2) Add the ability to replay failed state syncs, both past and future. For past failed state syncs between the Shanghai fork and, a Merkle tree will be constructed of the failed state IDs so users can prove and replay their failed state sync. For future failed state syncs, the contract will store the receiver and calldata so it can be replayed externally. Security considerations are taken to prevent reentrancy and ensure immutability of the replayed transaction.

    The failed state syncs that occurred from block 38,457,210 (around Nov 30, 2023) up to the fork will be replayable.

    PIP 30 (Increase Max Code Size Limit)

    David Silverman explained PIP 30 which proposes increasing the max code size and max initcode size by 33% to allow deploying more complex contracts. The current limits were set arbitrarily in the Spurious Dragon hard fork and developers are now frequently hitting these limits. Analysis shows this increase would not negatively impact the ZK migration plans. The intent is to slowly raise this limit, potentially moving to even higher values later in conjunction with the rollup coordination group.

    Minimum Gas Price Increase

    Marcelo Ardizzone presented a new PIP to increase the default minimum gas price to 30 gwei to reduce spam transactions. Currently this is just a node client setting, not a network level parameter. Having different minimum gas prices across validators leads to transactions getting stuck if they are priced for a validator with a lower minimum.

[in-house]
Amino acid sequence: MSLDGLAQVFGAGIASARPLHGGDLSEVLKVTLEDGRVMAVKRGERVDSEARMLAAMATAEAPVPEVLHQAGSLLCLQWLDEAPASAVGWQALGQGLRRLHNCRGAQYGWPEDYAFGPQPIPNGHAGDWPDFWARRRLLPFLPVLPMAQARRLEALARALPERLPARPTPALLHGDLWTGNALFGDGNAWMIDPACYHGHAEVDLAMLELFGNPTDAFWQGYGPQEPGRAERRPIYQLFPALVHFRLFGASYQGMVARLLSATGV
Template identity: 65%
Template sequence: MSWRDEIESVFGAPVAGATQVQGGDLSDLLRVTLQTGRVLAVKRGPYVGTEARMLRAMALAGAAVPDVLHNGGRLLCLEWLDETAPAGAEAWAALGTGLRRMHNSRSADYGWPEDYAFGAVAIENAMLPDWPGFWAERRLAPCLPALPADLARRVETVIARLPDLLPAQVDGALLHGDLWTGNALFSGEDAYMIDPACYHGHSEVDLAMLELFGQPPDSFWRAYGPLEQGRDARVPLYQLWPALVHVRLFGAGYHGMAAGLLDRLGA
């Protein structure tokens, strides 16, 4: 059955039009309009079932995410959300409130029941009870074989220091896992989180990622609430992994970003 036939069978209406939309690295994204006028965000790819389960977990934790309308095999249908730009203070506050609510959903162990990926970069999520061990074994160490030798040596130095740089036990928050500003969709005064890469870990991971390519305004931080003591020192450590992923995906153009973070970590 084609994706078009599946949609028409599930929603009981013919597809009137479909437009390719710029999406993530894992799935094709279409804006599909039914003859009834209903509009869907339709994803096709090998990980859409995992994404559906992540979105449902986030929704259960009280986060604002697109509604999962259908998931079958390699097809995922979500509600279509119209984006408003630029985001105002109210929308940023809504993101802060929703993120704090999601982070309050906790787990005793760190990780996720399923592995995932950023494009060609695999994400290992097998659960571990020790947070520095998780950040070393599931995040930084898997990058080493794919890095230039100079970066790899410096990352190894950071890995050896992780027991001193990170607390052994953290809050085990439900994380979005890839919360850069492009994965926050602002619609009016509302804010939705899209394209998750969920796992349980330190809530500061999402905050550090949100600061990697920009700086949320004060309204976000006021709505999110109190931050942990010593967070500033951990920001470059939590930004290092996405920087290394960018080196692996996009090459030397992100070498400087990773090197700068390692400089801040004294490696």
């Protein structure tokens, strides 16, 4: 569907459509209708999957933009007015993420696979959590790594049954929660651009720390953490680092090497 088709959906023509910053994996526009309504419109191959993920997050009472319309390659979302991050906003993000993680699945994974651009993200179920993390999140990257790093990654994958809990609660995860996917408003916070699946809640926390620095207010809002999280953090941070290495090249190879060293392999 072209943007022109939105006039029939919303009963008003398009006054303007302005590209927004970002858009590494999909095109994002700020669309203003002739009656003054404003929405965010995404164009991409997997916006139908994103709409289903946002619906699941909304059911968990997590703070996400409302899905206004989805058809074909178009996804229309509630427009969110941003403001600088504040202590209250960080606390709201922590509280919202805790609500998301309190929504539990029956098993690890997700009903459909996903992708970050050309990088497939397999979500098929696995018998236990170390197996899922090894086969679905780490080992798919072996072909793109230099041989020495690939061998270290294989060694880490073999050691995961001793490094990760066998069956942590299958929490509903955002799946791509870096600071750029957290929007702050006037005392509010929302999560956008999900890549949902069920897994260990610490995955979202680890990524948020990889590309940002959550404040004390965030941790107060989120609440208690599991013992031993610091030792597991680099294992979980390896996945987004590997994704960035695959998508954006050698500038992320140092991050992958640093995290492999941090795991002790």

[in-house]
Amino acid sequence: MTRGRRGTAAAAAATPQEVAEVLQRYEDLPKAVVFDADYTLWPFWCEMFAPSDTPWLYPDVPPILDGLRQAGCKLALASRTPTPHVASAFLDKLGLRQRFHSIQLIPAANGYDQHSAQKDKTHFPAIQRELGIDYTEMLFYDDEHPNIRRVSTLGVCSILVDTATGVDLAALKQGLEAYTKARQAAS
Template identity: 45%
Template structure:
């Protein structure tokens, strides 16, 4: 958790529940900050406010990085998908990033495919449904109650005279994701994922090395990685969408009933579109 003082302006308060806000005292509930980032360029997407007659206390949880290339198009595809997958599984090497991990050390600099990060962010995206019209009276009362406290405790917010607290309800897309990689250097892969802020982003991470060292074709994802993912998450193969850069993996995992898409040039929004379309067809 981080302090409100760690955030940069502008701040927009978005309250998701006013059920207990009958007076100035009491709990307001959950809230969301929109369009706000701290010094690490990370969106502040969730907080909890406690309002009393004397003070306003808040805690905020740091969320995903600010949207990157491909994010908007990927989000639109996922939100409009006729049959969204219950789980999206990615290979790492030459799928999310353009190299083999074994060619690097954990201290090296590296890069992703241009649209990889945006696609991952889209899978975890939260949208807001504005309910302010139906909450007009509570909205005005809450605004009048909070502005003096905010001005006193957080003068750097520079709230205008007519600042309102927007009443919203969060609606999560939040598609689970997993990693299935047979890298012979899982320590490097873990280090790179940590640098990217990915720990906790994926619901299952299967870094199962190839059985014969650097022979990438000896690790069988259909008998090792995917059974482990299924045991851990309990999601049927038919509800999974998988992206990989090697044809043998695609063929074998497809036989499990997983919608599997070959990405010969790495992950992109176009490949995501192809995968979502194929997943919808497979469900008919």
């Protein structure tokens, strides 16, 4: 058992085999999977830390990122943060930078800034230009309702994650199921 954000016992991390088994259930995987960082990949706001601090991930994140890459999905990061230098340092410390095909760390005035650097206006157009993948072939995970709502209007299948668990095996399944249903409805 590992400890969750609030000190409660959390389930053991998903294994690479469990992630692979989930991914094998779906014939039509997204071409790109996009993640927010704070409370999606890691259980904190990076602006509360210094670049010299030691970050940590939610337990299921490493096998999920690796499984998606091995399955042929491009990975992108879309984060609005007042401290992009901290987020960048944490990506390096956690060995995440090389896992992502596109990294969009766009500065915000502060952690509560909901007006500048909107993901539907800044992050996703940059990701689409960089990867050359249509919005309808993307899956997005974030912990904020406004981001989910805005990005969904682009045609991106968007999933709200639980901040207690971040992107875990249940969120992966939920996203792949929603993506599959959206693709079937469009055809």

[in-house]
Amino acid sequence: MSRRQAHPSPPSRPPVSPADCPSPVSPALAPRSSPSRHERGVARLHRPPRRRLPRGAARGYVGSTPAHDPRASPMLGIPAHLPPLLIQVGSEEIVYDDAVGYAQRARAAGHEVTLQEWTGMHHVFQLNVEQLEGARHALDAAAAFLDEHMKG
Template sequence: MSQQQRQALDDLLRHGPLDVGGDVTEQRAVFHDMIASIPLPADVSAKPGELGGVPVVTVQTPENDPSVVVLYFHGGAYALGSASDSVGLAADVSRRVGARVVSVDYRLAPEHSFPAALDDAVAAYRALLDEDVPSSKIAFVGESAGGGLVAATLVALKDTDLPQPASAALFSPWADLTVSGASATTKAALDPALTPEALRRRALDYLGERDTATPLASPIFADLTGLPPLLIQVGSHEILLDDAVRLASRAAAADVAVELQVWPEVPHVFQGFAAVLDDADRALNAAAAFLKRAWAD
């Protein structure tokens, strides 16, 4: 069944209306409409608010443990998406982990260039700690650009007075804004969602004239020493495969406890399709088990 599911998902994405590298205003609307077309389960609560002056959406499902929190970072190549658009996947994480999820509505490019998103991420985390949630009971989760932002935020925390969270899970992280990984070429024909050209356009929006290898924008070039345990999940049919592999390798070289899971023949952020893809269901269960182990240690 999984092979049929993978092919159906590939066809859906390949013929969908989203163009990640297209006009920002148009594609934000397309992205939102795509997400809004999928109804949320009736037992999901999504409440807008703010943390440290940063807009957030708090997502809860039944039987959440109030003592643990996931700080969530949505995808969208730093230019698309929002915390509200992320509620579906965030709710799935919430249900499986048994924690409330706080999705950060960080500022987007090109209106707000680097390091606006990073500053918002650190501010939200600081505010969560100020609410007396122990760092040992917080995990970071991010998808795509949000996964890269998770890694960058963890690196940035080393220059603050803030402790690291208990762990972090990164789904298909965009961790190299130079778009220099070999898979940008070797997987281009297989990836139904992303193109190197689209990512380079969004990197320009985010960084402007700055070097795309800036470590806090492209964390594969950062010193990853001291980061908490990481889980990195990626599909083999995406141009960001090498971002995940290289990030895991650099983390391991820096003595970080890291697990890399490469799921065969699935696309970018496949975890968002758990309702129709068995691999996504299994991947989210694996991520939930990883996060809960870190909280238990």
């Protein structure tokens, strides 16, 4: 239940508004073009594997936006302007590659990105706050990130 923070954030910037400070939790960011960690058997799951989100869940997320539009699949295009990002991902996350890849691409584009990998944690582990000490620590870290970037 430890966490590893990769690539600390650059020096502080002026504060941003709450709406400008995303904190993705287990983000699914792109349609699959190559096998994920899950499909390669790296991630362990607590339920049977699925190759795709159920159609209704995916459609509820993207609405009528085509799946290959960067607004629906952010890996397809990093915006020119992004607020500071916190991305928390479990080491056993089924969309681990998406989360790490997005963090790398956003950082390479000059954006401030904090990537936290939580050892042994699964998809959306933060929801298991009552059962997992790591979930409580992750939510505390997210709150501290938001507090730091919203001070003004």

The PIP enforces the 30 gwei minimum at the network level in three ways:

    1) Sets the default minimum gas price for validators to 30 gwei

    2) Sets the default gas price limit for accepting txs into the transaction pool to 30 gwei  

    3) Sets the threshold below which the gas price oracle ignores transactions to 30 gwei

    This is implemented via code changes in the Bor and Erigon clients. Validators can still set custom gas parameters if desired by modifying the client code and running a custom version.

    With no major concerns expressed, developers seemed ready to move forward with this inclusion list for the upgrade. The Bor and Erigon teams confirmed they are okay with the proposed changes.

    Coordination with Ethereum